LG: It’s vital. Content is a primary way that we fulfill our mission to provide education and support. It’s also key in helping us succeed with our research and advocacy work. One way that I perceive our content as different from a traditional health publisher site or magazine is that we create content to drive action for patients. When we publish an article about a research study our team conducted [like this one on how arthritis patients think about medical marijuana and CBD], it’s not just about someone reading that article, thinking it’s interesting, and moving on to the next headline. We want people who read that story to also learn about the ArthritisPower registry and join it. When we publish stories about controversial issues in the disability community, like plastic straw bans, we want people to join our patient advocacy arm and get involved. In that way, our content is kind of like content marketing for patient empowerment. 

Can you paint a picture of the type of content you create? 

LG: We produce a wide variety of content depending on the kind of information we’re looking to share with patients and the best way to convey that information. Infographics are a great way to disseminate our research study findings, for example. Webinars are an ideal way to connect our patients directly with research thought leaders we work with to break down important topics and trends in research, such as personalized and precision medicine. We also do video (particularly on YouTube), social graphics/memes, and will have some exciting developments in audio to announce soon. One thing I am particularly proud to work on are downloadable PDFs called Patient Guidelines, which are very robust resources for managing chronic disease. The idea is to take the clinical guidelines that physicians use to make treatment decisions and translate them to lay language for patients. And I get to use InDesign to edit them, which is such a great throwback to my magazine days.

As an organization, we are always developing new resources to help people with different aspects of managing chronic illness. Toward the end of 2019, we relaunched a tool called PainSpot.org, which helps people with pain symptoms learn about potential causes and diagnoses. The goal of PainSpot is to help people get diagnosed more quickly and avoid delays and misdiagnosis. And, of course, we also regularly publish digital articles that are optimized for SEO and/or social. This includes covering the latest research studies from conferences and medical journals, publishing first-person essays from patients, and packaging service-driven articles about living better with arthritis and other health conditions. This helps people searching for questions about their diseases find answers they can trust and take action on. It also fosters important social media conversations and patient support.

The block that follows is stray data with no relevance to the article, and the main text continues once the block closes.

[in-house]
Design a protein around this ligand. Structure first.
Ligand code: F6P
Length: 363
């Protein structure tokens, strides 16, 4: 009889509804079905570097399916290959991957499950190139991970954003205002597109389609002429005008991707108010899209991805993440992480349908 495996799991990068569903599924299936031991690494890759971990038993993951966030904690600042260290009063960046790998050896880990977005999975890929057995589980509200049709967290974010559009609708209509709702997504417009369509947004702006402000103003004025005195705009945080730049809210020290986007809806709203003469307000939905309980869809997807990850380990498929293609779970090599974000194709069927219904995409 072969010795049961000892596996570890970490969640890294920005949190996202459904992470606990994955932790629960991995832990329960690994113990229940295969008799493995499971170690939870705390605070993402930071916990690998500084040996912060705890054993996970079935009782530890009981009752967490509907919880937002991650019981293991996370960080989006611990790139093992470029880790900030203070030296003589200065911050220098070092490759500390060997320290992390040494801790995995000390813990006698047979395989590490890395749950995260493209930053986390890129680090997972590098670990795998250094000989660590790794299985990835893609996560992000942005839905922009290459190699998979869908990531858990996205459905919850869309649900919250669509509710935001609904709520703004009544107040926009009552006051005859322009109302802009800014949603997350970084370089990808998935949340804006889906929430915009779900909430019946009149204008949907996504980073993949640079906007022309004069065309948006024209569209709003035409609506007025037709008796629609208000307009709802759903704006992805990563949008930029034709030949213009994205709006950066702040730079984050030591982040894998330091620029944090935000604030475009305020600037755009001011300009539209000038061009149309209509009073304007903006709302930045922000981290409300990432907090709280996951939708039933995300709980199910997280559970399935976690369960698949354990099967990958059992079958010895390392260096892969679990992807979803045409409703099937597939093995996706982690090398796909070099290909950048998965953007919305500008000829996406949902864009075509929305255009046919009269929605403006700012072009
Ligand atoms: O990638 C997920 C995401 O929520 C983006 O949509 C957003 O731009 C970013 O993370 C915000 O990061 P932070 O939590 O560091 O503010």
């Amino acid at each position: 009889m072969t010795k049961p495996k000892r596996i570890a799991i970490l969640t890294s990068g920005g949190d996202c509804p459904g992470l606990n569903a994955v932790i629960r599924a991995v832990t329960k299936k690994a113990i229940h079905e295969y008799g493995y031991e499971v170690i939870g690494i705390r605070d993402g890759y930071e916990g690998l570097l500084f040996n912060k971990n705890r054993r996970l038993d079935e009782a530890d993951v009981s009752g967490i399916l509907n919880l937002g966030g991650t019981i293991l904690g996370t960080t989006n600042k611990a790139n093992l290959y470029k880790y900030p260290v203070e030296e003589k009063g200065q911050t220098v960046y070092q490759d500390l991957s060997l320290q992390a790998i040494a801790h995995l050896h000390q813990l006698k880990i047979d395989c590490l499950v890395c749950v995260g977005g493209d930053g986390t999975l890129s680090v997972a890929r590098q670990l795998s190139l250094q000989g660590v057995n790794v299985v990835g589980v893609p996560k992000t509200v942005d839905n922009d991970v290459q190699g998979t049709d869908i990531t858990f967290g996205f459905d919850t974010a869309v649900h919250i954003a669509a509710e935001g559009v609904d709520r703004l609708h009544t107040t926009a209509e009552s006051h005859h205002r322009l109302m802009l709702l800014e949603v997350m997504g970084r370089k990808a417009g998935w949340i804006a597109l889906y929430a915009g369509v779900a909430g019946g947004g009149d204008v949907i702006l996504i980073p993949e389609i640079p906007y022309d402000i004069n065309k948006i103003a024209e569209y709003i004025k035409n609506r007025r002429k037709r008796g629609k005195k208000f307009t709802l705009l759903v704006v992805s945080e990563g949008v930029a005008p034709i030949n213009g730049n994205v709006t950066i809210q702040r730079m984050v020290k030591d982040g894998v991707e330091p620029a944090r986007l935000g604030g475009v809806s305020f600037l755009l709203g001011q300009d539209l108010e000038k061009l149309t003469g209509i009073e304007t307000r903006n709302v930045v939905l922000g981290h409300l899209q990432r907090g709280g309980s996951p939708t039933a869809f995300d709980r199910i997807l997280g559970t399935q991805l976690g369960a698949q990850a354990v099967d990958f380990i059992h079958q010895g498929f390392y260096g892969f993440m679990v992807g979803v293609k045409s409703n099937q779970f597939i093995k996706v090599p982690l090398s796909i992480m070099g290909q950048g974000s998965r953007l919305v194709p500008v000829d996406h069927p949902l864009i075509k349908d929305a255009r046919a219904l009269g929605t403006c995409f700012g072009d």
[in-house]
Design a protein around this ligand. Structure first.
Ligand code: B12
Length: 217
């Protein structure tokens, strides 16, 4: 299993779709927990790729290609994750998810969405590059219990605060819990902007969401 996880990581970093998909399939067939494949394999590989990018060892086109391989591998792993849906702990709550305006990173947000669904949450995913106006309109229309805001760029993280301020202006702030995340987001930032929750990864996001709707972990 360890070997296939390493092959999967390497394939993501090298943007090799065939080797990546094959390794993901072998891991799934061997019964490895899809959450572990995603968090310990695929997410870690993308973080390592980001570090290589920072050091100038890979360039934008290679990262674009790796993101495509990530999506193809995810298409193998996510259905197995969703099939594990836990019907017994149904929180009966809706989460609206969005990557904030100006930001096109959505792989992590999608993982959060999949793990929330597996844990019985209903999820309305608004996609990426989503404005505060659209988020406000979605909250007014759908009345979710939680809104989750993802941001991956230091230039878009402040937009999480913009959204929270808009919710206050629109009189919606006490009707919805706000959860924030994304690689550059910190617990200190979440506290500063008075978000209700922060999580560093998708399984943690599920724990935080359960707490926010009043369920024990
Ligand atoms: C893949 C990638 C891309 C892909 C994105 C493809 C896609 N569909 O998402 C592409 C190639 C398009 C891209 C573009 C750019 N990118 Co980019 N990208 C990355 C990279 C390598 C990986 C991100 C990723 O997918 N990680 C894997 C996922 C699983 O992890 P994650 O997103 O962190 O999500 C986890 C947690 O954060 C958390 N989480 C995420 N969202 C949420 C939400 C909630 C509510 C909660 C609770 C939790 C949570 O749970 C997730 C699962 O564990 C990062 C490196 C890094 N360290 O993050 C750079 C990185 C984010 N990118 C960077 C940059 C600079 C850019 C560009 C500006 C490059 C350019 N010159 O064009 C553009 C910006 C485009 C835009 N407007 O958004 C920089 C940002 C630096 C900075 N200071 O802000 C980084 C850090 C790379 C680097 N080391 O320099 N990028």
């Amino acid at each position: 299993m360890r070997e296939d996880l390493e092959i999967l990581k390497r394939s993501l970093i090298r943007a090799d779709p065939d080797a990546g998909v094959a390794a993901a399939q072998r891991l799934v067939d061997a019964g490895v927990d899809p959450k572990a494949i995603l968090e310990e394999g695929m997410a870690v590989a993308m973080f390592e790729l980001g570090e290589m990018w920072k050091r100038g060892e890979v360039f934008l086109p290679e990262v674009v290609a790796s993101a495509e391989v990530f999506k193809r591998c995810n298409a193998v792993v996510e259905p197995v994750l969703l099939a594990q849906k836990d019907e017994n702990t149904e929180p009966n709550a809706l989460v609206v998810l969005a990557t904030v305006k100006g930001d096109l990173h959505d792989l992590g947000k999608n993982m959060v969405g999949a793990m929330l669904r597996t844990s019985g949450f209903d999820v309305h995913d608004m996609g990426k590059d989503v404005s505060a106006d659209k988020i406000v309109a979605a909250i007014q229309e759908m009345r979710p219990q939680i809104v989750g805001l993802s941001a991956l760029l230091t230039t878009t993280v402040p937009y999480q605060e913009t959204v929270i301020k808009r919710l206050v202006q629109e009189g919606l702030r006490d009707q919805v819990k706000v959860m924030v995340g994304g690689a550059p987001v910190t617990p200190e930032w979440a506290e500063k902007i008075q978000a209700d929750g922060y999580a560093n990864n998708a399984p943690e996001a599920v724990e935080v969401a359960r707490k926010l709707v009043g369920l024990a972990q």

I’m constantly impressed by the way our content feeds our social media communities and how our social media communities in turn feed our content. We have one of the most active social media efforts in health care. Our Twitter chats average 5.5 million impressions, and our Facebook page has a highly engaged community of almost 120,000 followers, which is significant for a health care non-profit. 

How would you describe the voice at CreakyJoints.org and the other sites? How is it different than other health organizations or media outlets who speak to people with chronic disease?

LG: Ohhh, good question. We try to be both for patients and by patients. We want to be trustworthy and authoritative but not in a top-down way. That’s why our best content combines tips and advice from various experts as well as patients. We have great relationships with experts in the rheumatology community as well as other specialties and we also include expert voices in our content to make it more personable. We don’t want it to feel dry and encyclopedic. When you’re reading our resources, we want you to feel like you’re part of a conversation.

And we want to  strike the right tone so we aren’t  being overly pessimistic or negative. This can come down to subtle word choices. For example, I don’t like to use the word “suffer,” as in, “She suffers from rheumatoid arthritis.” We never sugarcoat patients’ experiences, but we also want to help people feel empowered to get healthier. It can be a tricky balance when you’re dealing with debilitating issues like chronic pain, fatigue, mental health, and very serious comorbidities. It’s important for us to inject that empathy.

Before this role, you worked  at a video startup called HealthiNation. The people I met with at GHLF  say that the organization is more like a startup in terms of collaboration and culture. Would you say that is true? 

LG: Definitely. Our culture emphasizes innovation and experimentation. It’s not like I came into an environment where I had to follow a set structure, like publishing two blog posts a day and a white paper every quarter. That said, a big part of what I did in the beginning as I developed our content strategy was to implement more structure around our content.